2015-08-13 / Nature

Blue Crabs at Peak

By Jack Kelly


Brayton Marvell, 6, and his sister Avery, 10, of Newport, use raw chicken legs to attract blue crabs at Gooseneck Cove saltmarsh. (Photo by Jack Kelly) Brayton Marvell, 6, and his sister Avery, 10, of Newport, use raw chicken legs to attract blue crabs at Gooseneck Cove saltmarsh. (Photo by Jack Kelly) If you are considering going trolling for blue crabs, delicacies which are teeming in local waters, you have about two more weeks to do so.

According to area marine biologists, the warmer local waters, brought on as an effect of climate change, have aided the growth of the blue crab population in Rhode Island. Local crabbers can be seen dotting the shorelines from Newport to Hundred Acre Cove in Barrington, usually carrying a bucket with a huge chicken leg on the end of a thick rope – raw meat fully attached – which these crabs seemingly can’t resist.

The crabber throws the rope about six to eight feet, then slowly drags it in, usually with a pair of crabs attached to the meat. Since they are highly sought after for dinner, and very often severely overfished, the crabs are monitored by the Rhode Island Department of Environmental Manage- ment, which has set a number of regulations governing catch limits. Using a scoop or crab net, trot, or hand line, no more than 25 legalsized crabs a day can be harvested. Any that are less than the legal minimum size of five inches (measured from the end of one spike across the body shell to the end of the opposite spike) must be returned immediately to the water. It is also illegal to crab from sunset to sunrise.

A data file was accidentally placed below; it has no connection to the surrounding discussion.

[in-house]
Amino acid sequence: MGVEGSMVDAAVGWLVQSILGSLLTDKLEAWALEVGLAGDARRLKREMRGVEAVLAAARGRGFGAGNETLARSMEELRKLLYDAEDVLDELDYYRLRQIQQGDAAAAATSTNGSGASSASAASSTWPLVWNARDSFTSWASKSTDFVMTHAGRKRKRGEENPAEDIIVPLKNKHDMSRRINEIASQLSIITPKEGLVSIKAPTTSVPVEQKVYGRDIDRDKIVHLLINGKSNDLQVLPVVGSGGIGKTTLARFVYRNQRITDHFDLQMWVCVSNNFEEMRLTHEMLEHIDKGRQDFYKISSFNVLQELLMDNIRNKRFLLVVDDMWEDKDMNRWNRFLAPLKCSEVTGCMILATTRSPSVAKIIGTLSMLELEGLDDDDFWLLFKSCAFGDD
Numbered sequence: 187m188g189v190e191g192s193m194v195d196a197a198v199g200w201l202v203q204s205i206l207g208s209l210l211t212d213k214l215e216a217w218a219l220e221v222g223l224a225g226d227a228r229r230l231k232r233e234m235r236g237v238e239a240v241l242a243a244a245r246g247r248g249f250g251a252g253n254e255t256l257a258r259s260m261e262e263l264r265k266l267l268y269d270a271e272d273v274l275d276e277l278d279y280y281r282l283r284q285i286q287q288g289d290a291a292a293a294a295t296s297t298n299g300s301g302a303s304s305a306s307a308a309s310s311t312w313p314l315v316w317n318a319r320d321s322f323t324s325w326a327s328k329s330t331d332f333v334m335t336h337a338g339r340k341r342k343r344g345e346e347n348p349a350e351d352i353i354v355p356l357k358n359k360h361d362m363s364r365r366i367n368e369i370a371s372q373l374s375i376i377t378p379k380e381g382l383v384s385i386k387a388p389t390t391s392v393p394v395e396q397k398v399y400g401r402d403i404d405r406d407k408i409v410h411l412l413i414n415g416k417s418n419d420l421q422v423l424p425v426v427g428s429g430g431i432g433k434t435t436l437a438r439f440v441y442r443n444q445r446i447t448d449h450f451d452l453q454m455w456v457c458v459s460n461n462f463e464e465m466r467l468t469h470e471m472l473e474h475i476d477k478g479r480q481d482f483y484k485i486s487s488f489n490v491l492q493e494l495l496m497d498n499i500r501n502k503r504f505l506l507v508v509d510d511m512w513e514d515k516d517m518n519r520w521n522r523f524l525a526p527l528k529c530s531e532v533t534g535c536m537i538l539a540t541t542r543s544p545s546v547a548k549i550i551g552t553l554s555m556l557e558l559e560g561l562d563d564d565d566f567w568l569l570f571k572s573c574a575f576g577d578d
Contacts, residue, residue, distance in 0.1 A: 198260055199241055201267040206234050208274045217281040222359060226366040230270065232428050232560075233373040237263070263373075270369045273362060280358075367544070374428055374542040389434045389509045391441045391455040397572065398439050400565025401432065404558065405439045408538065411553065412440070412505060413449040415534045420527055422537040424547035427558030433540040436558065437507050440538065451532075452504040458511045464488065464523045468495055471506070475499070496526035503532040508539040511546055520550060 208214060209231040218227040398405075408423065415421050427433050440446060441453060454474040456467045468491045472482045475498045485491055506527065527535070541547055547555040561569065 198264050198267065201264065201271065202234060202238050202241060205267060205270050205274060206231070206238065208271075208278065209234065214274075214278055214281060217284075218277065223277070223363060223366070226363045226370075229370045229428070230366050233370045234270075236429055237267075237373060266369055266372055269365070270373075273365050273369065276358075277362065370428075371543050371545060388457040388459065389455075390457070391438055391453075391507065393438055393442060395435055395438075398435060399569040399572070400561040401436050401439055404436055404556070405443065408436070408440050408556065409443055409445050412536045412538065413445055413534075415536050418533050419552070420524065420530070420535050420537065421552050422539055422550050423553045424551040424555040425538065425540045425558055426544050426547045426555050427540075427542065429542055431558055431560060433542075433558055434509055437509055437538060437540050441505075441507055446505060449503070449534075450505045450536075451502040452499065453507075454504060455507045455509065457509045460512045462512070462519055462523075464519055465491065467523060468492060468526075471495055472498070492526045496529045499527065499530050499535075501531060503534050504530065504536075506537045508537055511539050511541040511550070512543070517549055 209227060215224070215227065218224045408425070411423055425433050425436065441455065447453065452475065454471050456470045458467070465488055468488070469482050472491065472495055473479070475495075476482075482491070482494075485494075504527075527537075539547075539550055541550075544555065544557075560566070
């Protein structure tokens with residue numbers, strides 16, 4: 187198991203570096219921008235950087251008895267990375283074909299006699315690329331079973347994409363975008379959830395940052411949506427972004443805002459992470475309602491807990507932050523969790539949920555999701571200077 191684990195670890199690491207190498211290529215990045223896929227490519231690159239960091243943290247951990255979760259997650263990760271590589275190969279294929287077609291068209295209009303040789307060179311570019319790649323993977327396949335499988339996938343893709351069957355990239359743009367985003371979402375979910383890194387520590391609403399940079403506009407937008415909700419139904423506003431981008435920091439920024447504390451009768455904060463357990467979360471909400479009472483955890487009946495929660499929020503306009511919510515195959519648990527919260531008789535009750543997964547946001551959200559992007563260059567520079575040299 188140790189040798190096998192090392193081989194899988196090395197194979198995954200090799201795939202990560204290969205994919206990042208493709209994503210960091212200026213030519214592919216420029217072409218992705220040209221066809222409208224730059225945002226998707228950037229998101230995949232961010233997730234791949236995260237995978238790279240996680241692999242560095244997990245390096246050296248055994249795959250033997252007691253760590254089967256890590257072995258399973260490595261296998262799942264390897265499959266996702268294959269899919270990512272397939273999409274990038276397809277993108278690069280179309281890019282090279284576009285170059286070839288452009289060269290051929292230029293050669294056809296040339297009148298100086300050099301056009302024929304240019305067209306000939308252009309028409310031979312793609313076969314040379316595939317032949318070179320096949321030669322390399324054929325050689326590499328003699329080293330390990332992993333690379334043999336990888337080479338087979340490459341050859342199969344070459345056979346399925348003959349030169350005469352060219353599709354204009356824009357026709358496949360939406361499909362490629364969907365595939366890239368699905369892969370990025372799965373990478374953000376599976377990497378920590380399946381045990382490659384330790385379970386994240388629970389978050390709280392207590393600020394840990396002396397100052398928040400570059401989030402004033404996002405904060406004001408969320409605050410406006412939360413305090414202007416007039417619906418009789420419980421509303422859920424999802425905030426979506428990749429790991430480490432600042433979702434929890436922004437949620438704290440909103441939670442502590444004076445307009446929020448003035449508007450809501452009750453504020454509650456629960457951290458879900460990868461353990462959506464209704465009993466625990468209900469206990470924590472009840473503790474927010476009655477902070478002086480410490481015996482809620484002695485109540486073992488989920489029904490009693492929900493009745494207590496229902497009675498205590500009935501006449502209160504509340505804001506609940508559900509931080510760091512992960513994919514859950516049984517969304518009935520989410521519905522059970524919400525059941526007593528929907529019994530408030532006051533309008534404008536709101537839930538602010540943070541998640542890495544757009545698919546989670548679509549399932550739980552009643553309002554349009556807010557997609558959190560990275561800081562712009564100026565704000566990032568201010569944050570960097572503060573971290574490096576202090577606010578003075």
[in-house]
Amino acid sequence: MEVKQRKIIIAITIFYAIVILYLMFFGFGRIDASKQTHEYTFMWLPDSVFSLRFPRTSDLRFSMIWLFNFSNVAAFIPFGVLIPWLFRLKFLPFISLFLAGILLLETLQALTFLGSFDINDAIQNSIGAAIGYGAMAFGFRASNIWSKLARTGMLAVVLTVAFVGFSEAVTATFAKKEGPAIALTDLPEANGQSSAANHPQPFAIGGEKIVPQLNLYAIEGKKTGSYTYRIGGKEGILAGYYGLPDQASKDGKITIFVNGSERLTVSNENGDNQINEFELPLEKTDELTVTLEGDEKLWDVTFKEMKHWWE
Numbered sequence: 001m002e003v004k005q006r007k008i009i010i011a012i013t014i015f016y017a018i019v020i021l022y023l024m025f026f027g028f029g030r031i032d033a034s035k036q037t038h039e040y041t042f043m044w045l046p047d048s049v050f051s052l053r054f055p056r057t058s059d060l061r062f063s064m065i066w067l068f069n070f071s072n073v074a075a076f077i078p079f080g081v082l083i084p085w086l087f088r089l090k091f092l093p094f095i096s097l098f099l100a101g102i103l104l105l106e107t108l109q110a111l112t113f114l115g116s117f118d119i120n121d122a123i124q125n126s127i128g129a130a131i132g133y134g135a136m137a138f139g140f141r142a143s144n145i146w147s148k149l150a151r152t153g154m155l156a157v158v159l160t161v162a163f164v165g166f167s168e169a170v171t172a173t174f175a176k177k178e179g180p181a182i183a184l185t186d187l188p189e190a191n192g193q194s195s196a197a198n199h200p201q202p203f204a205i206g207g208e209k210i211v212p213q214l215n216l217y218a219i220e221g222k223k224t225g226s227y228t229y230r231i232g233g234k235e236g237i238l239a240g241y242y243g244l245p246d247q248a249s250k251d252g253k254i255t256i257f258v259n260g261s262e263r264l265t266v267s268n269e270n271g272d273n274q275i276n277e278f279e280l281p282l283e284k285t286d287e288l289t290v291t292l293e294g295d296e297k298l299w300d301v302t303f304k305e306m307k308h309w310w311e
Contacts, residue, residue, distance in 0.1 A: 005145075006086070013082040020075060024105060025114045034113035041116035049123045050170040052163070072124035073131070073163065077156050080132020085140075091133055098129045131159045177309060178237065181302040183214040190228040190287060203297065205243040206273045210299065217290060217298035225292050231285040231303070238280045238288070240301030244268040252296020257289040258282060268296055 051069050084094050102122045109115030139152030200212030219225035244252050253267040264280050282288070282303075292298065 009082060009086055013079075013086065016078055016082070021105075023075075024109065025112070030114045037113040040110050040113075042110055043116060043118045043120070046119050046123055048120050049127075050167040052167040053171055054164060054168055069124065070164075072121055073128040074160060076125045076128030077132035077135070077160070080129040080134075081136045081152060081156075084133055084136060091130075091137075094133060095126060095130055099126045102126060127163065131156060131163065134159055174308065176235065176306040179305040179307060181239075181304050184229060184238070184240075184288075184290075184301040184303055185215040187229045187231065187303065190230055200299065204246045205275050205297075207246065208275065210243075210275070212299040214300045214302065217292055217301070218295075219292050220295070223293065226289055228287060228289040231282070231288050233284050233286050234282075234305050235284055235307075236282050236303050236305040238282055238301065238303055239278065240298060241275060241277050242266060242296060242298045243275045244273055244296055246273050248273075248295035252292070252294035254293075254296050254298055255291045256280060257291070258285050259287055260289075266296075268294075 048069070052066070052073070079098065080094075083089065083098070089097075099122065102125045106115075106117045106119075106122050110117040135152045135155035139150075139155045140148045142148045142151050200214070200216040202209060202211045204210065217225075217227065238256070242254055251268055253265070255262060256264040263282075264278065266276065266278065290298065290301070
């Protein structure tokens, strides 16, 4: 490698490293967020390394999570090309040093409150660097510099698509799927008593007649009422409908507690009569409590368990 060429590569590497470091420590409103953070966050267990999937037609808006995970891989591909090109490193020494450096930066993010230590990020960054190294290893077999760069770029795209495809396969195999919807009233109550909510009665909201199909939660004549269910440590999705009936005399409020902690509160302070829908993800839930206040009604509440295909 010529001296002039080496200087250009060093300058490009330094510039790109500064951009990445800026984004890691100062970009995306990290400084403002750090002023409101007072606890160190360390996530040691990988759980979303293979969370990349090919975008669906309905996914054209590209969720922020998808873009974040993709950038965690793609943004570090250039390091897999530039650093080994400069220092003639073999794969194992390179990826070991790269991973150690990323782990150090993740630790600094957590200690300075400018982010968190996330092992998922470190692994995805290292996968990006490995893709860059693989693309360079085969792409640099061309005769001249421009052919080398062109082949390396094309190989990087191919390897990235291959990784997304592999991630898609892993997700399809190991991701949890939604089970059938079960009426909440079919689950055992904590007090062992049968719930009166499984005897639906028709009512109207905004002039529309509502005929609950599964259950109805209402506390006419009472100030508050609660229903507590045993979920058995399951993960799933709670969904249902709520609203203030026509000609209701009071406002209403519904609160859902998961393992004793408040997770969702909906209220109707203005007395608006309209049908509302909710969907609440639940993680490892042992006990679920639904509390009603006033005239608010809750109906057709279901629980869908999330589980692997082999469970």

Blue crabs are named for their brilliant blue claws. (Photo by Jack Kelly) Blue crabs are named for their brilliant blue claws. (Photo by Jack Kelly) The species is worth protecting. They are among the most unusual and interesting creatures dependent upon salt marshes. Blue crabs are found from Nova Scotia to Florida, with the largest population found in the Chesapeake Bay and its surrounding estuaries.

Named for their brilliant blue claws, females have striking red coloring on the tips, while the rest of their body is a mottled collection of lighter colors. The crabs feed on small live fish, oysters, hard clams, carrion, sea lettuce plants, and the roots and shoots of eelgrass and marsh grasses.

Besides an apparent addiction to chicken, the breed is also known for cannibalism, with up to 16 percent of its diet consisting of young members of the species.

When the crab molts its shell to grow, it becomes highly vulnerable to marine predators such as skates, striped bass, and other crabs, as well as wading birds, like great blue herons and green herons.

Females will only mate once in their lifetime and will spawn within two to nine months of breeding. Once she mates, the female migrates to the high salinity waters of salt marshes, lower estuaries and other new shore spawning areas. Biologists have a theory that females may return to their own point of origin.

Once the female is ready to spawn, she will construct a cohesive mass or “sponge” of eggs, which will remain attached to her abdomen until larvae emerge. The larvae will be carried across the marsh and out to sea, where they will continue to grow.

The average life expectancy of blue crabs in the wild is one to three years. Mid-August is the peak time to catch them.

For more information, visit dem. ri.gov or call 401-222-3070.

Return to top